Finally, I’ve come to the last part of this series on student projects…in retrospect, I now wish I’ve created a separate website to host or curate all of these projects. This presents another issue to consider down the road, and simultaneously adds more sites to manage (I often create a blog for my upper-division courses, when appropriate).
Most of the projects here examined specific objects and cultural artifacts (such as bullets, metalwork, decoys, and food) as texts that not only could be analyzed but that could be experienced first-hand. In this making-process, each pursued the idea that their projects projected a degree of feeling–affect–that allowed them unique access to both the historical narrative and the social situation. Although we didn’t cover this in class directly, their work (and mine) challenges historian Peter Novick’s assertion that professional historians should pursue “objective” and “emotion-free” research. I tend to side more towards the work of Roy Rosenzweig & David Thelen and David Glassberg in their arguments that the public wants to “feel” history, and that the more they feel, the more they participate, interact, and engage in ongoing dialogues and debates and with history / historical collections and sites.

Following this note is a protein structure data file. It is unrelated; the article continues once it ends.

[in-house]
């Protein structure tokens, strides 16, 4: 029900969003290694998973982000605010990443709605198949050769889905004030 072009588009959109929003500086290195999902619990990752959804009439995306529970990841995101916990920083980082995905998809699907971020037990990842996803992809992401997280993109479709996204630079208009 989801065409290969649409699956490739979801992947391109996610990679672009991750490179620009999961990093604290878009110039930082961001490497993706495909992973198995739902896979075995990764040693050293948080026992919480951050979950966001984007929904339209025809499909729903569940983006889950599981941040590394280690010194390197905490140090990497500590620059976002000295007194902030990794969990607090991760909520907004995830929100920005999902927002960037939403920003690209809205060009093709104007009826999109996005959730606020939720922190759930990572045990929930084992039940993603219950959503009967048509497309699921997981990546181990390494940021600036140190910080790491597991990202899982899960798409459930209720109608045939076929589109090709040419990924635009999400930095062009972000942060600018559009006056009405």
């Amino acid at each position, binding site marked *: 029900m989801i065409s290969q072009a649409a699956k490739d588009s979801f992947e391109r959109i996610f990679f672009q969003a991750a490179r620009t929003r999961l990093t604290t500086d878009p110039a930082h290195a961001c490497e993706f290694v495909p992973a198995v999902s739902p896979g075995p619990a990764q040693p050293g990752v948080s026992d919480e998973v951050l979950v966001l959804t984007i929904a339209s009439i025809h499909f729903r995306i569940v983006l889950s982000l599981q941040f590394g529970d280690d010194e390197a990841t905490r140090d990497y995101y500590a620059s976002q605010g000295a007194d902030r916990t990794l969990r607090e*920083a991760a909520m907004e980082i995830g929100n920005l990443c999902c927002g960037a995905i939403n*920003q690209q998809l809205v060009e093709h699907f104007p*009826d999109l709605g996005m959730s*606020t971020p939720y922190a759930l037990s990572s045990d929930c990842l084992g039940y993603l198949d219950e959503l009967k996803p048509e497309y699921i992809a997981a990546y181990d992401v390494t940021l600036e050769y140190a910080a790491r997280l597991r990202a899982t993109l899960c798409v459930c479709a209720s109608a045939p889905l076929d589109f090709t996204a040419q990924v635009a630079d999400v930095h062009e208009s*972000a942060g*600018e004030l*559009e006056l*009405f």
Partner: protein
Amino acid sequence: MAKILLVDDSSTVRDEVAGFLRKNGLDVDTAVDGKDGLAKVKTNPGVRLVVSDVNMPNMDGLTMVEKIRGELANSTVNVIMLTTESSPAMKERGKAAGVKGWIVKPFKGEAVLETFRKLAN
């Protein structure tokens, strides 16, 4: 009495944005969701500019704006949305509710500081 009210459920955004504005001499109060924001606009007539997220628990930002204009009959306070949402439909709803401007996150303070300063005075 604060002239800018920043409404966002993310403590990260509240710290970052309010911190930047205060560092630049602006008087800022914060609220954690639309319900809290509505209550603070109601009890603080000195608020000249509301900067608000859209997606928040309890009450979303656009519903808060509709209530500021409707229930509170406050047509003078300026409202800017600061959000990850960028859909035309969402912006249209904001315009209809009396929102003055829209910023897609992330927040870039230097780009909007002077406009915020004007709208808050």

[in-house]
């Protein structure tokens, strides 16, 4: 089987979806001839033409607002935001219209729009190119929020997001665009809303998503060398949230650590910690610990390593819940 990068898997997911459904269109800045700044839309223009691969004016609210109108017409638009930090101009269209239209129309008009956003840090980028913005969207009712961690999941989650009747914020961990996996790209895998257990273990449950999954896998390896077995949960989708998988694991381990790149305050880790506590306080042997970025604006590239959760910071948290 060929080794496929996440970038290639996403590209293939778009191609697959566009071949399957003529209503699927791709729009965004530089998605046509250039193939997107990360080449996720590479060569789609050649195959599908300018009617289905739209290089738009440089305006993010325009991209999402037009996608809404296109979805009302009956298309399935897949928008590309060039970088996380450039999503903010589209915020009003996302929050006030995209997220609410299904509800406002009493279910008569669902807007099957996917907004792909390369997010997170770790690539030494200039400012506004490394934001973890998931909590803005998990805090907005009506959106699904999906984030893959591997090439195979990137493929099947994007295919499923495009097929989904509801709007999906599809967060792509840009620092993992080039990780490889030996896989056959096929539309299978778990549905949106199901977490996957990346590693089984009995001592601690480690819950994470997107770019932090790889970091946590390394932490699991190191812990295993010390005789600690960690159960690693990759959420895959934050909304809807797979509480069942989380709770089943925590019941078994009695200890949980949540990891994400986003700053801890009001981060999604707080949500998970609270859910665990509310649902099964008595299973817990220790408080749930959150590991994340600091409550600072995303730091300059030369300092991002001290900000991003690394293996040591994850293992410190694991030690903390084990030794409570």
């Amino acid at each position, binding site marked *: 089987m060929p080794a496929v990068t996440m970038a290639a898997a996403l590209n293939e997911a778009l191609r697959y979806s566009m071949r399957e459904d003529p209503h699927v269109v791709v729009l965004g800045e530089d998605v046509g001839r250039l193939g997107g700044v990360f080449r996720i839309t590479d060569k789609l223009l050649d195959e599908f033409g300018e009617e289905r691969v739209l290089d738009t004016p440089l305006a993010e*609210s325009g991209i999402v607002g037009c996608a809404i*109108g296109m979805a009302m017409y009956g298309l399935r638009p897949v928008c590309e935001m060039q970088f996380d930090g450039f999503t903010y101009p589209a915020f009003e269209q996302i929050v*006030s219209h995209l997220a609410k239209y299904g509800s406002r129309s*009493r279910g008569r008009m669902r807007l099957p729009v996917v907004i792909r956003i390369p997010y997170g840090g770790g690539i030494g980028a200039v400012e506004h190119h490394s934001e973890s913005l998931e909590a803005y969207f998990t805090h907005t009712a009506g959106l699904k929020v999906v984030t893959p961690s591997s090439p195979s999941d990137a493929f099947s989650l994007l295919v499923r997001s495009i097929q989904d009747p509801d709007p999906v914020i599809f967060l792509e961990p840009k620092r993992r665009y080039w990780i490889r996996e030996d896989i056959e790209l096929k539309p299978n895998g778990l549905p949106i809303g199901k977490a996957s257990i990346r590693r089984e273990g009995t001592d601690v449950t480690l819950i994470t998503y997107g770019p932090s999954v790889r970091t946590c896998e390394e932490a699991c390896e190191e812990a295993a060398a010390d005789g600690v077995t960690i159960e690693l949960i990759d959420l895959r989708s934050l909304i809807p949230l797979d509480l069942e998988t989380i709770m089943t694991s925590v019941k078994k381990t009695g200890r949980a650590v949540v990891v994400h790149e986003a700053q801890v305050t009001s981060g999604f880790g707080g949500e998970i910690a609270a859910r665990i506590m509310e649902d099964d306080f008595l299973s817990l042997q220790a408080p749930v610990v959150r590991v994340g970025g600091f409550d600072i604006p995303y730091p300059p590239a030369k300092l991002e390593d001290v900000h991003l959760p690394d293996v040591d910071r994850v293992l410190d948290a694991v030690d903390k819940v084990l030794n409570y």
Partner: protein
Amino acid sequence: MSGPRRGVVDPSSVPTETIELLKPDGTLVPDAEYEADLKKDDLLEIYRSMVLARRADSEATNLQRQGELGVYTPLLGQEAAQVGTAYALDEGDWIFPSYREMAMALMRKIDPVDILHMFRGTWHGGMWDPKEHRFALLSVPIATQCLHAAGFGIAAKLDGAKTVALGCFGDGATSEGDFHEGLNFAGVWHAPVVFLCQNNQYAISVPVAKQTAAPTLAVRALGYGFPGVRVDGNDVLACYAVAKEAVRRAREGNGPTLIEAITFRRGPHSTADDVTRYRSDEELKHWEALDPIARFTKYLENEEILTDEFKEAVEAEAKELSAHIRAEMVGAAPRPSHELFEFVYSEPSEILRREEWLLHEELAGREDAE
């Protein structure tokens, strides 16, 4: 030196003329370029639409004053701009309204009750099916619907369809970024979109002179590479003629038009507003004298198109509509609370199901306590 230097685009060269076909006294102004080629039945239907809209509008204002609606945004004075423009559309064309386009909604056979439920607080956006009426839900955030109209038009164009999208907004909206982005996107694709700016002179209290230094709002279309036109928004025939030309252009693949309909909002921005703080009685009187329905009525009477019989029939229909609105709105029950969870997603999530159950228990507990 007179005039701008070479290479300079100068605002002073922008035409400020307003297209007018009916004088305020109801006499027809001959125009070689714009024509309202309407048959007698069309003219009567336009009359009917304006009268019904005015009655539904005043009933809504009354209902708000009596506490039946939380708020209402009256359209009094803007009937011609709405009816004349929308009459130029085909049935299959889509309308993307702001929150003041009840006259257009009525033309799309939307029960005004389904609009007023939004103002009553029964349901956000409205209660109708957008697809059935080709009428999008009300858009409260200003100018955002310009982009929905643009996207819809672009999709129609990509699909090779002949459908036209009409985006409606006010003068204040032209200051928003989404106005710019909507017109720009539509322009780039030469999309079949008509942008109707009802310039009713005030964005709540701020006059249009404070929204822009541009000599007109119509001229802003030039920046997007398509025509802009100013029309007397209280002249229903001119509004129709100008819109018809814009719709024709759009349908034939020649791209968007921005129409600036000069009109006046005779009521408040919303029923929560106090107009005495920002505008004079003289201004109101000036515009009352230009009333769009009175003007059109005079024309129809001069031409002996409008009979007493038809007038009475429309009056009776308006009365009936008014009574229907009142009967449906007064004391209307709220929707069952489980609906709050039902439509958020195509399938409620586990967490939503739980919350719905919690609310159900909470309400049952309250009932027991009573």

And, really, this was the point for me all along! So, with that, please enjoy these final videos from my 2017 courses . . . I’ll let them introduce themselves.